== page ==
Airlift is indeed a 2016 Indian Hindi-language historic drama film written and directed by Raja Krishna Menon and featuring Akshay Kumar and Nimrat Kaur. It follows Ranjit Katyal, a Kuwait-based businessman, as he organises the evacuation of Indians in Kuwait during Saddam Hussein’s Iraq’s invasion of Kuwait. Abundantia Entertainment, Cape of Good Films, Emmay Entertainment, Hari Om Entertainment, T-Series, and Viacom 18 Motion Pictures collaborated on the movie, which had a budget of 320 million dollars. The narrative is based on the true tale of Mathunny Mathews, a Malayali businessman living in Kuwait.
In 1990, Indian expatriate Ranjit Katyal (Akshay Kumar) is a successful Kuwait-based businessman with strong ties to authorities in Kuwait City and Baghdad, and he lives happily with his wife Amrita (Nimrat Kaur) and their daughter Simu in Kuwait. He refers to himself as a Kuwaiti and frequently mocks Indians.
Ranjit is awakened by a phone call from a friend, who informs him that negotiations between Iraq and Kuwait have broken down, and Iraqi forces have launched their invasion of Kuwait. The next morning, Ranjit finds that the Iraqi Army has taken control of Kuwait City.
In an attempt to evacuate their family and flee Kuwait, Ranjit and his driver, Nair, set out and drive to the Indian consulate. They are halted at a checkpoint by Iraqi forces, and Nair is shot dead in the chaos. Ranjit is subsequently escorted to the Emir’s palace, where he is stunned. There, he meets Major Khalaf bin Zayd (Inaamulhaq), an Iraqi Republican Guard commander who explains that he was the one who pulled up to the checkpoint earlier and saved Ranjit’s life. Major Khalaf, who knows Ranjit from his trips to Iraq, chastises him but extends a personal relationship to him, assuring Ranjit and his family’s protection from the soldiers.
Ranjit then proceeds to the Indian embassy, where he hears that Kuwait’s government has fled to exile. Approximately 170,000 Indians are currently stuck as refugees in Kuwait. Iraqi forces continue to advance across Kuwait, and Iraqi soldiers attack Ranjit’s residence, but his wife and kid manage to flee to his office. With Major Khalaf’s approval, Ranjit persuades his buddies to collaborate, and they build up a temporary camp for 500 Indians. Amrita encourages Ranjit to utilise his clout to help his own family, but Ranjit, who would normally simply look out for himself, appears to have changed his mind. He decides to stay and assist the other Indians in their departure from Kuwait.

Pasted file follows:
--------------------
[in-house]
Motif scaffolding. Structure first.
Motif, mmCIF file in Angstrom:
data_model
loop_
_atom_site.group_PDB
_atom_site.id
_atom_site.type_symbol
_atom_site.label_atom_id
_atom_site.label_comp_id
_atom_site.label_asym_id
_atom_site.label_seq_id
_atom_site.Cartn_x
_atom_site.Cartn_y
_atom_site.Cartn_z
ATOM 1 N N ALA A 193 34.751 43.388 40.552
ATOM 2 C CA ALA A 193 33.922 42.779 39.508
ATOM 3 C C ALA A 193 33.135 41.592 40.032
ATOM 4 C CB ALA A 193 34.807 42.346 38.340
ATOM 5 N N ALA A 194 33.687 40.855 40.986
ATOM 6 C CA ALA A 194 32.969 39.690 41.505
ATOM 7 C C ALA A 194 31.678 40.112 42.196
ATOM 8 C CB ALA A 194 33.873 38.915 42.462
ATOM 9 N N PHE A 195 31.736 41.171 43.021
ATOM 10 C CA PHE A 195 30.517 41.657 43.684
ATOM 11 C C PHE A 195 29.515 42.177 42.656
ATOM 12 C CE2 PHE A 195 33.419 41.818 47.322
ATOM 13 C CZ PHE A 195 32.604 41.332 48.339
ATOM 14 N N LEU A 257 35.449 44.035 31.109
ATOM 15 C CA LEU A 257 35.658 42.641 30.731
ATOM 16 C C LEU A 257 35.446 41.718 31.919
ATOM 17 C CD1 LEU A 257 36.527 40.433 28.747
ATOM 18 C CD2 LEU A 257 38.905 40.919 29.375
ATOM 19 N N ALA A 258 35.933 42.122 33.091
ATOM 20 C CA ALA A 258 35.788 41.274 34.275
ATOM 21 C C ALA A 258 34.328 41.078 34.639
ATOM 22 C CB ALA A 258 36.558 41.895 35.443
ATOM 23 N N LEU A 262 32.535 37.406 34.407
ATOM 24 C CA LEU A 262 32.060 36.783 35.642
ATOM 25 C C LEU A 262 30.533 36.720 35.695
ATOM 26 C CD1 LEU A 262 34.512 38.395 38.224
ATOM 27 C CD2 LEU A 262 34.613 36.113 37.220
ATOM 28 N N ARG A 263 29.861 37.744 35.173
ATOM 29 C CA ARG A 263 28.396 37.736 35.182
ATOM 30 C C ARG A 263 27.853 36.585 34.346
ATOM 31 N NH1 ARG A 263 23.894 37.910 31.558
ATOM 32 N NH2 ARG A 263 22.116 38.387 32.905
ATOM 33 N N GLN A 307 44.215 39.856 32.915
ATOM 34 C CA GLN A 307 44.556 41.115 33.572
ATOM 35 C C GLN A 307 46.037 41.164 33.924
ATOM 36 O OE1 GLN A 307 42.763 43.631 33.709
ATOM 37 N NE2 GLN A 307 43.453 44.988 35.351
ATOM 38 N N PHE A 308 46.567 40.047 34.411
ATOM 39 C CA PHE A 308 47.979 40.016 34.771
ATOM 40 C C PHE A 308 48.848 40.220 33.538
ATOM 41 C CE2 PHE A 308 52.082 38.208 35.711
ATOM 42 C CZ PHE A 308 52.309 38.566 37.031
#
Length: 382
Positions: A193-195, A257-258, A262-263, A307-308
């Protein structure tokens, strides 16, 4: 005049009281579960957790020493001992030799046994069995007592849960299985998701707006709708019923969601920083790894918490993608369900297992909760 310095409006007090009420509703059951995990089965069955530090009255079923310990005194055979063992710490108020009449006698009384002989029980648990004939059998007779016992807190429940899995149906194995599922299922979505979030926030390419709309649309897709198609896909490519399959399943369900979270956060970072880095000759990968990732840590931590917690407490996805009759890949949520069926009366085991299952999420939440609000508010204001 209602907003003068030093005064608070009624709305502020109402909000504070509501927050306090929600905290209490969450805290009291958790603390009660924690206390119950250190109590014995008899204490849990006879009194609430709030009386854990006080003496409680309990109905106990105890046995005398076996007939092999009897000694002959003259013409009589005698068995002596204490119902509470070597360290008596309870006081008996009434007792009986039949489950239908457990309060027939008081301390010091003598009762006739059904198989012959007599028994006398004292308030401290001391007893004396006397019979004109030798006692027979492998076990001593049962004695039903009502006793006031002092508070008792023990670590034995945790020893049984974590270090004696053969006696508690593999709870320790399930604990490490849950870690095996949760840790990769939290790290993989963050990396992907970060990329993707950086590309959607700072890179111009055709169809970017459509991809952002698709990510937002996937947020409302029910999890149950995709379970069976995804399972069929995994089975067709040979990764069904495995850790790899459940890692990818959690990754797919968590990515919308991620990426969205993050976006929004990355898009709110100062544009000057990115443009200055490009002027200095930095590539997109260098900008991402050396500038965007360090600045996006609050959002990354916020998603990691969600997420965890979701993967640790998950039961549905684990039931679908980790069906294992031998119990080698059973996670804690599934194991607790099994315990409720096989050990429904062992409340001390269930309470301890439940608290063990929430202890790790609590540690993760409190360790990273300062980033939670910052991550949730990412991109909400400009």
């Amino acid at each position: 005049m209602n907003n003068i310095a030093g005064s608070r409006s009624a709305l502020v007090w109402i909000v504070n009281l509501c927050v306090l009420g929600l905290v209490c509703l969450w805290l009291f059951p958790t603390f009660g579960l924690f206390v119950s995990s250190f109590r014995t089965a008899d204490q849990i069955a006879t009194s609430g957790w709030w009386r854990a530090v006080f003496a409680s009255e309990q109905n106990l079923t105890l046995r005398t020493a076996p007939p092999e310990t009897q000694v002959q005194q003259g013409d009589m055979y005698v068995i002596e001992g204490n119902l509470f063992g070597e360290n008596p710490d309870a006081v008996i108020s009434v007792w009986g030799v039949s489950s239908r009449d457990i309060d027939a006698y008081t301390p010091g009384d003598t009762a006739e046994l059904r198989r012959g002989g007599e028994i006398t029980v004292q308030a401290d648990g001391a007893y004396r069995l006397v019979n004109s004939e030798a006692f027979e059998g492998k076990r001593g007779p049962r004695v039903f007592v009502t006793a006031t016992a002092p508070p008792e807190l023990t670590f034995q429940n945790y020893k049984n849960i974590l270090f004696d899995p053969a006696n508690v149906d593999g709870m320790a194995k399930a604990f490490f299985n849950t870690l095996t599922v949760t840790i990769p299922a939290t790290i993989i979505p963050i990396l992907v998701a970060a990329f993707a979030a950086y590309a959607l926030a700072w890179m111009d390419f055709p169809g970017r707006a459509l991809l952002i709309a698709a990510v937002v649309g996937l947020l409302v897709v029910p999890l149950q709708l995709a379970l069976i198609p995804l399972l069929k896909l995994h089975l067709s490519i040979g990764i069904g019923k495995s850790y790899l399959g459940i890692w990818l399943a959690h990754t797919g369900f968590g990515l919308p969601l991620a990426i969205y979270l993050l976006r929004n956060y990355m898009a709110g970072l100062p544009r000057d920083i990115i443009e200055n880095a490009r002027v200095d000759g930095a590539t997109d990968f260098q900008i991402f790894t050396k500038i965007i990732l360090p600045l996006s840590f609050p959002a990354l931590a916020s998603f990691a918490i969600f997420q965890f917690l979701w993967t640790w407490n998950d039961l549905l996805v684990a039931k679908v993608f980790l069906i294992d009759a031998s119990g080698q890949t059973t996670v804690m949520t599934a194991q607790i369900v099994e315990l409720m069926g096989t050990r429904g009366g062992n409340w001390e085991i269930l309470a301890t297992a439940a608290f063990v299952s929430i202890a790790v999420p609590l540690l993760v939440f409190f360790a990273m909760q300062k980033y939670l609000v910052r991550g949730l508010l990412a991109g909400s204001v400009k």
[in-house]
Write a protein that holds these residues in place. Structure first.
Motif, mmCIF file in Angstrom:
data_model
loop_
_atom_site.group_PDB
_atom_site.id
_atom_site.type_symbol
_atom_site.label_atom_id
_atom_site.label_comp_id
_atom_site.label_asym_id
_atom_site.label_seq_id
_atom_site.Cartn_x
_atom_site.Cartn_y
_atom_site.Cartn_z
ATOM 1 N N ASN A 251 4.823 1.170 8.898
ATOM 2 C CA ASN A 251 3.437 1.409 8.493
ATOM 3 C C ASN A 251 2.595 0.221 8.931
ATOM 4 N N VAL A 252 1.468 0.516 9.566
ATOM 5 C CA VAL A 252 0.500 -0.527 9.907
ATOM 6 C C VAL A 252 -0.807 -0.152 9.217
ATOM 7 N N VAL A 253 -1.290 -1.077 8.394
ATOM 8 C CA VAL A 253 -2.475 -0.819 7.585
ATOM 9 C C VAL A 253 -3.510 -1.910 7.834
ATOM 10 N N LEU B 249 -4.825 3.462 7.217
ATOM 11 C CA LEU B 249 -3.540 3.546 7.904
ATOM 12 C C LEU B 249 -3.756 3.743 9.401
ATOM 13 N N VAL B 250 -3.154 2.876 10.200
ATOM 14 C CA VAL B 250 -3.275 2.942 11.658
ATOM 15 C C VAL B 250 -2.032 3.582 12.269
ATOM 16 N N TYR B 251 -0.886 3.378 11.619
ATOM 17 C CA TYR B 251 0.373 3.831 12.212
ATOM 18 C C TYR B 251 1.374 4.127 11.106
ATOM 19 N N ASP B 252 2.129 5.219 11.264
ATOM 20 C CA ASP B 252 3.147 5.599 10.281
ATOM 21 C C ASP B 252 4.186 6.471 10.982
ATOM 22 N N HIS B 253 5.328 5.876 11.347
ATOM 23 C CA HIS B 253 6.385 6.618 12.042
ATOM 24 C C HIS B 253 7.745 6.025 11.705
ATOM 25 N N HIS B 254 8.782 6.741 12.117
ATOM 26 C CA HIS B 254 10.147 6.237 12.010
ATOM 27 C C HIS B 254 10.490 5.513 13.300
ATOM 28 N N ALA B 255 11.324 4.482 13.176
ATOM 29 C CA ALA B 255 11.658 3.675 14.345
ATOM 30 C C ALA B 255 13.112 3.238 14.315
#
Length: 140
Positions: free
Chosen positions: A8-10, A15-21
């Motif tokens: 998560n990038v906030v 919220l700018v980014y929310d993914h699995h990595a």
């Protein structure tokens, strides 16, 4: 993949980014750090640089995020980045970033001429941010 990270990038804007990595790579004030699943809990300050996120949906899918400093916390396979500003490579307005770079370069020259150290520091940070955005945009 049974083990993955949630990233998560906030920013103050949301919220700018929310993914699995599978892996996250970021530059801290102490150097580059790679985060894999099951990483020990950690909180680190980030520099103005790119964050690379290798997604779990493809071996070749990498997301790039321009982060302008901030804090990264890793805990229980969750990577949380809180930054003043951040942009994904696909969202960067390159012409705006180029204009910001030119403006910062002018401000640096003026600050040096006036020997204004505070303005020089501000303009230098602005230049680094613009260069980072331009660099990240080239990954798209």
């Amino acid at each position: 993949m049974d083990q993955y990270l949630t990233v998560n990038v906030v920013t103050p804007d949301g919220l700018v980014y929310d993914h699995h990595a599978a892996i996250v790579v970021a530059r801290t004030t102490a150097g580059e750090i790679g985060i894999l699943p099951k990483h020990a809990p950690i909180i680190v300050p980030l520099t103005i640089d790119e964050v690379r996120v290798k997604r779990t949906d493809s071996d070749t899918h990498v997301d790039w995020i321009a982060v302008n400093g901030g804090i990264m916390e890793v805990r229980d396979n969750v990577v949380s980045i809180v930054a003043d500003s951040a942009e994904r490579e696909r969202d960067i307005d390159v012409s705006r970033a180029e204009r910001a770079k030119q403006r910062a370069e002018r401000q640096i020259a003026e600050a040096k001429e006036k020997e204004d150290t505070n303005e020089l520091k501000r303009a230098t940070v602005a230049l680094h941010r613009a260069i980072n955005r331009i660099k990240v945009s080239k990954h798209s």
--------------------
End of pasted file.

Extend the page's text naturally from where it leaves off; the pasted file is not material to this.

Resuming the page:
When Ranjit hears that the Indian embassy in Kuwait has been evacuated, he contacts the Indian External Affairs Ministry in New Delhi, where he speaks with Joint Secretary Sanjiv Kohli (Kumud Mishra) and requests that the evacuation be arranged. Later, Iraqi forces plundered the camp and mistreated some of the evacuees. Ranjit pays Major Khalaf a visit and tells him about it, to which the Major merely apologises and says that President Saddam has already given Indians permission to leave Kuwait, but they have no method of doing so. Ranjit flies to Baghdad in the hopes of securing safe passage out of Kuwait, but he is unsuccessful.
Iraqi Foreign Minister Tariq Aziz, the last remaining alternative, proves to be beneficial. He informs the Indian refugees that an Indian commercial ship carrying different goods is about to arrive in Iraq, and he allows them to board the ship. However, Ranjit subsequently learns about the UN embargo, which prohibits ships from entering or departing Iraq, essentially putting an end to their plans to flee.
Meanwhile, Kohli is a slacker, but when his father (Arun Bali) tells him about their ordeal during India’s division, Kohli is encouraged to actively assist Ranjit. He approaches Air India to organise an evacuation of the 170,000 Indians in Kuwait and obtains authorization from the Indian embassy in Amman, Jordan. As the Indians depart Kuwait, Ranjit comes across yet another checkpoint where he is confronted by angry Iraqi troops who threaten to murder Amrita since she does not have a passport or ID. Following a battle between Ranjit and the troops, the civilians in Ranjit’s convoy rush forward, outnumbering the Iraqi soldiers. The caravan passes after Ranjit lets them live.
The land in Jordan, where they would be flown back to India by Air India and Indian Airlines flights. As they board the planes that will carry them home, the Indians salute Ranjit. When Ranjit sees the Indian Tricolor, he feels terrible about his attitude against Indians. Ranjit says at the end of the film that he has always felt India never did anything for its inhabitants, but after being saved by the nation he and many other Indians had rejected, he may never say that again.